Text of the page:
SAVANNAH, Ga. (WSAV) – State and local law enforcement agencies are ramping up traffic safety enforcement efforts on a 22-mile stretch of Interstate 16 just west of downtown Savannah.
So far, the area is averaging just over one traffic crash per day, according to the Georgia Governor’s Office of Highway Safety (GOHS).
GOHS on Tuesday announced the initiative involving the Savannah Police Department, Chatham County Police Department, Pooler Police Department, Bloomingdale Police Department, Bryan County Sheriff’s Office, Effingham County Sheriff’s Office, Georgia State Patrol and Georgia Motor Carrier Compliance Division.
Officers will be targeting aggressive, distracted and impaired driving, along with speeding and failure to comply with other state traffic laws.
“The crash data over the last five years for this section of rural interstate shows this enforcement effort is needed and will continue until the small percentage of selfish drivers stop endangering themselves and others by obeying the law and driving in a manner that makes it safer for everyone traveling,” GOHS Director Allen Poole said.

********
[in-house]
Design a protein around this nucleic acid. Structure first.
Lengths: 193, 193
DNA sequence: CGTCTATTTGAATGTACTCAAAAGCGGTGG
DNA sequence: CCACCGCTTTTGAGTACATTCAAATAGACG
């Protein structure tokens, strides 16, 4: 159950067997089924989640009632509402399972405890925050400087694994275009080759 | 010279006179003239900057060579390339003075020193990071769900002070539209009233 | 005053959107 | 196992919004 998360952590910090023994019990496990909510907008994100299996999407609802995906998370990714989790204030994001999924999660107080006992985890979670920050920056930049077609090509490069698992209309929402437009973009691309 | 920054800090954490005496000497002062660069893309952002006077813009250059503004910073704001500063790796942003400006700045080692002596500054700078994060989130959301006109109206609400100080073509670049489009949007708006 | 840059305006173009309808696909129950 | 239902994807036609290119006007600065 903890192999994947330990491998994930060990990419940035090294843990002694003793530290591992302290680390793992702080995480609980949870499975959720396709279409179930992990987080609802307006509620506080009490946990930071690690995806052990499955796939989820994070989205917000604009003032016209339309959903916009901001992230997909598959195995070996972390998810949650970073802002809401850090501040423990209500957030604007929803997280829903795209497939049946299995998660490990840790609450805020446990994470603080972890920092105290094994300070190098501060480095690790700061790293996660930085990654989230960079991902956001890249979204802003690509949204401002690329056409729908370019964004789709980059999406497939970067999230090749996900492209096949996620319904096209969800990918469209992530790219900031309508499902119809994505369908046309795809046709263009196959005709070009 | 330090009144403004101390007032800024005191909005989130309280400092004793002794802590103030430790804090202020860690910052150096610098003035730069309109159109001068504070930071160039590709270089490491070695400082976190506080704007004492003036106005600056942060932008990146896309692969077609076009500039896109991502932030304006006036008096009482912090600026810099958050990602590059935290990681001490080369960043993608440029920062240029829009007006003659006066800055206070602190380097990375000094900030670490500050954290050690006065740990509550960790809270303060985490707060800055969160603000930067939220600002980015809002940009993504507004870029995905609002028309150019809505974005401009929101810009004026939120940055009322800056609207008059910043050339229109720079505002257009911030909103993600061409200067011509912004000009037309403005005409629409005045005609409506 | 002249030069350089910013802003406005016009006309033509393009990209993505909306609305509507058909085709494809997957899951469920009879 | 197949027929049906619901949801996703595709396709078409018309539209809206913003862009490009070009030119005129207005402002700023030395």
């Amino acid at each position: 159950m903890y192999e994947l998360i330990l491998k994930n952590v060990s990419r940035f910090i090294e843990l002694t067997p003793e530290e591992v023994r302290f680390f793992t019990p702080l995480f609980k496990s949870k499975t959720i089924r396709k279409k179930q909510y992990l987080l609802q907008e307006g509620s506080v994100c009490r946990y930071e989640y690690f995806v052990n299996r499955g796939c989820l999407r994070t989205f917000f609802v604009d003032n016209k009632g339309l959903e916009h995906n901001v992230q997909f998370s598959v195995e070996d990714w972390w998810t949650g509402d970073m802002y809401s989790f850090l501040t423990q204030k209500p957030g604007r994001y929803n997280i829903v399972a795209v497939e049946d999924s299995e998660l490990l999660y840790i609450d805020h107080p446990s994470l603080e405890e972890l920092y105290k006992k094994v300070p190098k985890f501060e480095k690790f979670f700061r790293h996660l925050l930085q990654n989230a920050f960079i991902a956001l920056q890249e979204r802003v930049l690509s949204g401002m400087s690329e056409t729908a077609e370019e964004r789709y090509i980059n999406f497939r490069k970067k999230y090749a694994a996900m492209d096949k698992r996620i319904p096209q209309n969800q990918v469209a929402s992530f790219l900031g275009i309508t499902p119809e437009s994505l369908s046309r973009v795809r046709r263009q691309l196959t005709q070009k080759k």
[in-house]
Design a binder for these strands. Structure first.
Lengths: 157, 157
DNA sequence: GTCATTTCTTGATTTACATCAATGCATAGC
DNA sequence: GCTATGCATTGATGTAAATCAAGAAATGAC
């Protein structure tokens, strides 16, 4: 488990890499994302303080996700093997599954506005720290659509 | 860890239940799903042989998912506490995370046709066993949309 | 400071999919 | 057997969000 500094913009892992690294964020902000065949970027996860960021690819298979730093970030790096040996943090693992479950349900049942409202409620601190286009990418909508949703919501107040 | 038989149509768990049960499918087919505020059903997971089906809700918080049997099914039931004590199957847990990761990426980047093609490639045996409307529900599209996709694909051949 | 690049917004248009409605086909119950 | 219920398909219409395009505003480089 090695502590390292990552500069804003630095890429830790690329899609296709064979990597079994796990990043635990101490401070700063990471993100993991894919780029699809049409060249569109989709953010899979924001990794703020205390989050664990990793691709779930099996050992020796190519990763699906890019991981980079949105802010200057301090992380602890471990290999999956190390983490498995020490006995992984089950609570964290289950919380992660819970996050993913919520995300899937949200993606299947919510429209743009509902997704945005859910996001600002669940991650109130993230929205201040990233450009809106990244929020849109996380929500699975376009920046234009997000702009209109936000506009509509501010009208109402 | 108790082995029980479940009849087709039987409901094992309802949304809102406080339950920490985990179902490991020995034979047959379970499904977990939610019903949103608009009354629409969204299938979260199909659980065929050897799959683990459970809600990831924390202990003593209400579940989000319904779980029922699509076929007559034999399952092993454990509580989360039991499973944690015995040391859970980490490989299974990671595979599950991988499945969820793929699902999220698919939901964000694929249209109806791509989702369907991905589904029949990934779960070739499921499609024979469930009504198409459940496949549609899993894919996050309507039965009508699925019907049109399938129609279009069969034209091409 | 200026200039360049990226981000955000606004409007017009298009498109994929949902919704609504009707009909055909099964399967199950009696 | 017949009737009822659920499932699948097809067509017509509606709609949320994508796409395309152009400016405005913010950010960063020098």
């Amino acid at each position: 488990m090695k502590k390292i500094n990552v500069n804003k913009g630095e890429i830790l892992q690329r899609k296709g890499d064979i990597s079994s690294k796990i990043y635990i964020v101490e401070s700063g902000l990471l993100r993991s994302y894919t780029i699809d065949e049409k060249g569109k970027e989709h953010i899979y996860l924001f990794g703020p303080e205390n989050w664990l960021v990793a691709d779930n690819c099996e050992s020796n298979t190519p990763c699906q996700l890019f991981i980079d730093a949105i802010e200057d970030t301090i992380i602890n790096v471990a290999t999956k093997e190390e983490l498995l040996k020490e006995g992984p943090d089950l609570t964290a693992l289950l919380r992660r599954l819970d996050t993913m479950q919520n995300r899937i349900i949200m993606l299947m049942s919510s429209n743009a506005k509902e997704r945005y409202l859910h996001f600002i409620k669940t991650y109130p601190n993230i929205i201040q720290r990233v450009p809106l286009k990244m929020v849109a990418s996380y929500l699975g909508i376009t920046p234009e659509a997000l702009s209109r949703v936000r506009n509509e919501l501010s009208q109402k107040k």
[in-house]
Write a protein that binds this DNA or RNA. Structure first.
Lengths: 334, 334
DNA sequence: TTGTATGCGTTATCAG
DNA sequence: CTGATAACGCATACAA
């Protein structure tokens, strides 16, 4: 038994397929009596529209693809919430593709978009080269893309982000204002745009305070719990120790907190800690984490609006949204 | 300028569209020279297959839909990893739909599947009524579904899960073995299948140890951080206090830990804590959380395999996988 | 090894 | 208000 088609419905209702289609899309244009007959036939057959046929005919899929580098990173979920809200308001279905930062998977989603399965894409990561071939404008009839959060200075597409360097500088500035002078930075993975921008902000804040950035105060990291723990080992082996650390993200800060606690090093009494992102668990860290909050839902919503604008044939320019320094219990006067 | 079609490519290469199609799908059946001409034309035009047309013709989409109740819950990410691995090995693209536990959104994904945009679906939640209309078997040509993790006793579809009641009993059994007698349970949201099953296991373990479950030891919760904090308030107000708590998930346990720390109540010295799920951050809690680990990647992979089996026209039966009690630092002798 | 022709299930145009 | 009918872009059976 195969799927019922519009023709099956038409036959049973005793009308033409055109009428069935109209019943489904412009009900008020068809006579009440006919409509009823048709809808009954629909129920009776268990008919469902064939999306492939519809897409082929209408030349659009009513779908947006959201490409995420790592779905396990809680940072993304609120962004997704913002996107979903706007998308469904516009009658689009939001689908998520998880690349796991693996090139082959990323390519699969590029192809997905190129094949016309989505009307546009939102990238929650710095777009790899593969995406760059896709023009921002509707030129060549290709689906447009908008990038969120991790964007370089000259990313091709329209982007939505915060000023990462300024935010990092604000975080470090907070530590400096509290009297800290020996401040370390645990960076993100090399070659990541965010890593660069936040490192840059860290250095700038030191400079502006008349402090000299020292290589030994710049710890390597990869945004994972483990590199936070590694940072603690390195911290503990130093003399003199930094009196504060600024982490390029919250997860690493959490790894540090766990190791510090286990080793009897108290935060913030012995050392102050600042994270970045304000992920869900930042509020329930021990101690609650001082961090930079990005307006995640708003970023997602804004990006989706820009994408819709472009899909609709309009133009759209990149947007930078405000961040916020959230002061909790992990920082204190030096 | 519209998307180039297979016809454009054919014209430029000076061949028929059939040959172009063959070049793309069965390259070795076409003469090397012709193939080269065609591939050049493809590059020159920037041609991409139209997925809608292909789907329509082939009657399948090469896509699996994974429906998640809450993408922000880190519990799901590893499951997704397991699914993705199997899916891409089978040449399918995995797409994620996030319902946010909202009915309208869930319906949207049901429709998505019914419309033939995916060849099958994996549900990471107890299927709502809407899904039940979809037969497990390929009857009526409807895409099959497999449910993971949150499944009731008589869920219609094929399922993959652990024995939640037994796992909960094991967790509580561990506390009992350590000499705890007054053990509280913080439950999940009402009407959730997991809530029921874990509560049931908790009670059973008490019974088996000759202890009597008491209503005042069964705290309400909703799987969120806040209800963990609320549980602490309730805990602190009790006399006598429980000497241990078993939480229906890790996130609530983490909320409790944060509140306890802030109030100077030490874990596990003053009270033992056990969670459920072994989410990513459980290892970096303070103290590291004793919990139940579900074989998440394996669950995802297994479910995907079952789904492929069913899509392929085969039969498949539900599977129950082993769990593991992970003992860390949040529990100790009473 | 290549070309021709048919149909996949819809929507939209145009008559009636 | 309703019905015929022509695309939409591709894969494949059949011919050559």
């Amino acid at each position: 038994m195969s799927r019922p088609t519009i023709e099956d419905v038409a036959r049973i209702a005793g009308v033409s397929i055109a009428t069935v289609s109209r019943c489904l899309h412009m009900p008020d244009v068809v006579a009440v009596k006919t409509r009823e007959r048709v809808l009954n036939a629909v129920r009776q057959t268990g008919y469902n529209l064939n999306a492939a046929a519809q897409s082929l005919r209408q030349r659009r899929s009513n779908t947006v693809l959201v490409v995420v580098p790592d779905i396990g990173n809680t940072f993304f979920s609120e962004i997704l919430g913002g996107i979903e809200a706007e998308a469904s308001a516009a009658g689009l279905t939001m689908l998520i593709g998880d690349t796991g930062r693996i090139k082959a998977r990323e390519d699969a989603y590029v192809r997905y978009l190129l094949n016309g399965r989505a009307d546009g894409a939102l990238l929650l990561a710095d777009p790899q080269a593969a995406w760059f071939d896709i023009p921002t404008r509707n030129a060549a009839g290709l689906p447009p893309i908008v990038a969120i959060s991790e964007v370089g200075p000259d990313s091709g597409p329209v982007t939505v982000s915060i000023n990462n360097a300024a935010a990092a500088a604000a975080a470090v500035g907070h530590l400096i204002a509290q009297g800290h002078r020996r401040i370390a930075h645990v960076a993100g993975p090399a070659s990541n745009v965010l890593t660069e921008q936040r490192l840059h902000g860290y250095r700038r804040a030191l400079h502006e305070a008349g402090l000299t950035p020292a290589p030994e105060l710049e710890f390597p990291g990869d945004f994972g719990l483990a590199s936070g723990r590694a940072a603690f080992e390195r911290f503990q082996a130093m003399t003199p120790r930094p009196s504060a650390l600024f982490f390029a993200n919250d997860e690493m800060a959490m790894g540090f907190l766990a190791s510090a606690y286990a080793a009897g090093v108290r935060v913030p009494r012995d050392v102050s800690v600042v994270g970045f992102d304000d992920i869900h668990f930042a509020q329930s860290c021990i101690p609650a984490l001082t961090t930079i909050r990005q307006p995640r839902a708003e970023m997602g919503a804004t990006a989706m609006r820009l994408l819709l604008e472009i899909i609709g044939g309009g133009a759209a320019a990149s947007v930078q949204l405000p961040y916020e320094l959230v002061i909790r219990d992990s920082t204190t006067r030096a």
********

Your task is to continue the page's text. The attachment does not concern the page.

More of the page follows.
GOHS says data from the Georgia Department of Transportation between 2016 and 2020 shows that 14 people have died and 494 others have been hurt in 1,718 crashes on the stretch of I-16 from the Bryan-Bulloch county line, to the Dean Forest Road interchange in Chatham County.
Two people have been killed and four people have been injured in the 55 crashes that have happened in 2021 so far, data shows.
“The pandemic, unfortunately, led to a rise in traffic deaths in Georgia and across the nation in 2020,” Poole said. “This campaign is the first of many steps that will be taken in our state to put the brakes on the risky driving behaviors that have led to this increase such as excessive speed, reckless driving, distracted driving, and impaired driving.”
According to GOHS, officers will also enhance efforts at the I-16/I-95 interchange project, enforcing the reduced speed of 55 miles per hour.
Drivers are also reminded to obey Georgia’s Move Over Law and pay attention to traffic patterns during road work.
“Make sure those working on our roads can go home at the end of the day by obeying the speed limit, giving them room to work, and keeping your eyes on the road,” Poole said.
Officials say the enforcement efforts will continue as long as the agencies involved feel it’s needed to reduce crashes and save lives.
“We are announcing this enforcement operation before it begins because the intent is not to have to write tickets but to have drivers choose to help save lives by obeying all traffic laws,” Poole added.